TV ratings battle kicks up a notch
The intensifying battle between Seven and Nine for news supremacy in Adelaide has kicked up to a new level, with a key news executive shifting allegiances.
Seven has enticed long-standing Nine managing editor Chris Salter, who will take up a position as deputy news director under wily Seven news boss Terry Plane.
Salter’s currently on “gardening leave” from Nine. He was (understandably) marched from the station’s flash new city office in November after informing management that he would be joining Seven after the best part of a decade at Nine.
It’s been a relatively good year for Nine news. As well as opening a new high-tech studio in Hindmarsh Square, they are no longer the ratings whipping boys of Seven. While Seven is still the clear leader, winning most nights, Nine has pulled back the average ratings margin by a large measure and the schedule this year is dotted with victories for Nine. Last year, Seven news won every single ratings night.
Salter was reluctant to talk to Media Week, probably because he’s in the uncomfortable position of still being on the Nine payroll, however he did confirm his new job at Seven.
There’s some intriguing back story to this move.
Former Nine news executive Craig McPherson joined Seven as the network’s head of news and public affairs in October.
It’s widely known that McPherson and Salter worked closely together at Nine, particularly on bringing the Adelaide operation back into the network fold after previous owner WIN left town.
The pair were also intimately involved in Nine’s transition to an hour-long bulletin – a move that has worked well so far.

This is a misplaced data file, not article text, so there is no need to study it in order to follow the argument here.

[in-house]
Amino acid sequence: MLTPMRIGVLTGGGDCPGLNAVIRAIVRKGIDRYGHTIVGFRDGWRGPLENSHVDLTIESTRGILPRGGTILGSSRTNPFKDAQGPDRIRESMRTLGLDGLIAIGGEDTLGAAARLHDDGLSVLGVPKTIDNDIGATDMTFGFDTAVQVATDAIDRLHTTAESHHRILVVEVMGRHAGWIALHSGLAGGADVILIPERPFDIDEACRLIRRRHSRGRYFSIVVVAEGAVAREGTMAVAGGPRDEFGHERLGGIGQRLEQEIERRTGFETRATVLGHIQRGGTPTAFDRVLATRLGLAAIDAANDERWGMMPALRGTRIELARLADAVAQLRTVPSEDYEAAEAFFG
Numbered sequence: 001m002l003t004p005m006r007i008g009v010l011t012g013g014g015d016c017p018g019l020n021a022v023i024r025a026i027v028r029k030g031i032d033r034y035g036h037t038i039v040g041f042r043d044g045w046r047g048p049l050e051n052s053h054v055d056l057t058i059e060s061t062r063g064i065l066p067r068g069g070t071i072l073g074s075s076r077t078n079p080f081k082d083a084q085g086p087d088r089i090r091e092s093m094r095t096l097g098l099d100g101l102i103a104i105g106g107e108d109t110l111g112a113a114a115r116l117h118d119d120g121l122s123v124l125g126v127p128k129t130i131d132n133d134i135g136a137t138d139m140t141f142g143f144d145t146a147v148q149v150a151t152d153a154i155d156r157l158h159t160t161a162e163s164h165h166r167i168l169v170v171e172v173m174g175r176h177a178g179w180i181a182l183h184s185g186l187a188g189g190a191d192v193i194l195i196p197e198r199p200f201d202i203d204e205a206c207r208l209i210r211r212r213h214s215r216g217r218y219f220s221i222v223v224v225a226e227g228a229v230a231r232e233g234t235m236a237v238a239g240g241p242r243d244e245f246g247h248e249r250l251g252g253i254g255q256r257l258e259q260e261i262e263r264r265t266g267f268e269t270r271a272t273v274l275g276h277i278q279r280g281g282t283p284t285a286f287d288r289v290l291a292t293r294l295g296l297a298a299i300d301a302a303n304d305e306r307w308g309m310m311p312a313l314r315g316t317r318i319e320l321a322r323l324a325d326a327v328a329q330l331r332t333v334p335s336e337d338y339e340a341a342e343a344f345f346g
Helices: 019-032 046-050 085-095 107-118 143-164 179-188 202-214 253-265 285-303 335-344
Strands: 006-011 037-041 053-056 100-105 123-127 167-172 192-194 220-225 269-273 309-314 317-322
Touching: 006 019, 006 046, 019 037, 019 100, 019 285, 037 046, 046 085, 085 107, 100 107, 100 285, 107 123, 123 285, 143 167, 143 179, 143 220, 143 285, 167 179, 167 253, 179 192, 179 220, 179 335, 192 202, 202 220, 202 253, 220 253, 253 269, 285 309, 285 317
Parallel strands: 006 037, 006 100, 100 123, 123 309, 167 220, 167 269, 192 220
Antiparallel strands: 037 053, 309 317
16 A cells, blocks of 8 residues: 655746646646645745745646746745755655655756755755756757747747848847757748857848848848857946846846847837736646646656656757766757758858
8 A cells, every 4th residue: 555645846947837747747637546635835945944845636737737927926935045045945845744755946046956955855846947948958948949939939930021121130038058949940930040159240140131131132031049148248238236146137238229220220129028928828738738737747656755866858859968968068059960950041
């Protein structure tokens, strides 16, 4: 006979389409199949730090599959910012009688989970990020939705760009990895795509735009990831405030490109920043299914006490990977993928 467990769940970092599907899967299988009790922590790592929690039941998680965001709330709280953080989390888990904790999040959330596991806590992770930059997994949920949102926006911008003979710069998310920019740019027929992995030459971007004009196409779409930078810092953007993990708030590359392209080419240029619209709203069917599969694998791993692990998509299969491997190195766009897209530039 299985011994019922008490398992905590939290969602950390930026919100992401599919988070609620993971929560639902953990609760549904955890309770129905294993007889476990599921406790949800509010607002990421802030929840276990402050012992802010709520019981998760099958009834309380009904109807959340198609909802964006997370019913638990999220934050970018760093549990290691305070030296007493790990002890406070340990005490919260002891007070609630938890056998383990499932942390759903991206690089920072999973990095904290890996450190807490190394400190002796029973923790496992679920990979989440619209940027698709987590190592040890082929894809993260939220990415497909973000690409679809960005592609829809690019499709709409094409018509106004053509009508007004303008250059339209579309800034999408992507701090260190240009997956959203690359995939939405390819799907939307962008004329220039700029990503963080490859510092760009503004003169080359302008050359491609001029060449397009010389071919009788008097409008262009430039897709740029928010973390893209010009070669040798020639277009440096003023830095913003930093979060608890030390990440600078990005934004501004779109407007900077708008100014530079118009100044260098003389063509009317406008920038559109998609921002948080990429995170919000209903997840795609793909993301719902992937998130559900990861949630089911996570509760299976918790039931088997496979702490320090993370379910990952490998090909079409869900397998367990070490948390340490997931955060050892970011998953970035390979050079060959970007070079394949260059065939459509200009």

Drawing the dots, it wouldn’t be surprising to see Seven also jump to an hour-long bulletin, in which case they would likely need more journalists.
If that eventuates, there could be more staff movement in the offing. The tightening TV news battle is good news for journalists – particularly those looking for leverage with their current employer. In fact, there’s one relatively young TV reporter about town who’s going to be buying the first round for the foreseeable future.
Smyth’s swift exit
This column broke the news last week that respected ABC 891 broadcaster Michael Smyth had been given the axe by management.
The Drive presenter finished up last night, opting to take some outstanding annual leave rather than work until the Christmas break.
He was a complete professional to the end, spending most of his final two shifts contributing to the ABC’s excellent rolling coverage of the brutal bushfire that ravaged South Australia’s mid north this week.
Why he wasn’t offered a new contract remains a mystery, with ABC management only saying that it wanted to “renew and refresh” its line-up.
Many listeners – and colleagues – are unhappy that Smyth’s smooth contribution has been jettisoned and took to social media to complain and/or praise the media veteran.
Comprehensive and expert rolling bushfire coverage with @MichaelSmyth_ on @891adelaide. #realPro